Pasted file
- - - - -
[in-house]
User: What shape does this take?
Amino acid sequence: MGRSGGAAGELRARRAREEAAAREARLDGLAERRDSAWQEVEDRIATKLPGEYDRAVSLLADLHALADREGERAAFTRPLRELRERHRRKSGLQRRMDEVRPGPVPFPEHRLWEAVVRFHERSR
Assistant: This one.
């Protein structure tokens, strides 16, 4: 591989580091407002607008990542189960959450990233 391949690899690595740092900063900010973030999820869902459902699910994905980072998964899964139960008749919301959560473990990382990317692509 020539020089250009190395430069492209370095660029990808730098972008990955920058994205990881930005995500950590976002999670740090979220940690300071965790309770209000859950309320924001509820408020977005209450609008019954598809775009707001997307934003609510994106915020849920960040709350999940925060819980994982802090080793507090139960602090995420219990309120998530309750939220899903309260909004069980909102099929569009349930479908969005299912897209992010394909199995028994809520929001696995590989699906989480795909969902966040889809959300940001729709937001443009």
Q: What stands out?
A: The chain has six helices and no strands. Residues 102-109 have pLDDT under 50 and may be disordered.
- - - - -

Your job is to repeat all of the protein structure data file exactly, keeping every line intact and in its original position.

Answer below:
[in-house]
User: What shape does this take?
Amino acid sequence: MGRSGGAAGELRARRAREEAAAREARLDGLAERRDSAWQEVEDRIATKLPGEYDRAVSLLADLHALADREGERAAFTRPLRELRERHRRKSGLQRRMDEVRPGPVPFPEHRLWEAVVRFHERSR
Assistant: This one.
């Protein structure tokens, strides 16, 4: 591989580091407002607008990542189960959450990233 391949690899690595740092900063900010973030999820869902459902699910994905980072998964899964139960008749919301959560473990990382990317692509 020539020089250009190395430069492209370095660029990808730098972008990955920058994205990881930005995500950590976002999670740090979220940690300071965790309770209000859950309320924001509820408020977005209450609008019954598809775009707001997307934003609510994106915020849920960040709350999940925060819980994982802090080793507090139960602090995420219990309120998530309750939220899903309260909004069980909102099929569009349930479908969005299912897209992010394909199995028994809520929001696995590989699906989480795909969902966040889809959300940001729709937001443009």
Q: What stands out?
A: The chain has six helices and no strands. Residues 102-109 have pLDDT under 50 and may be disordered.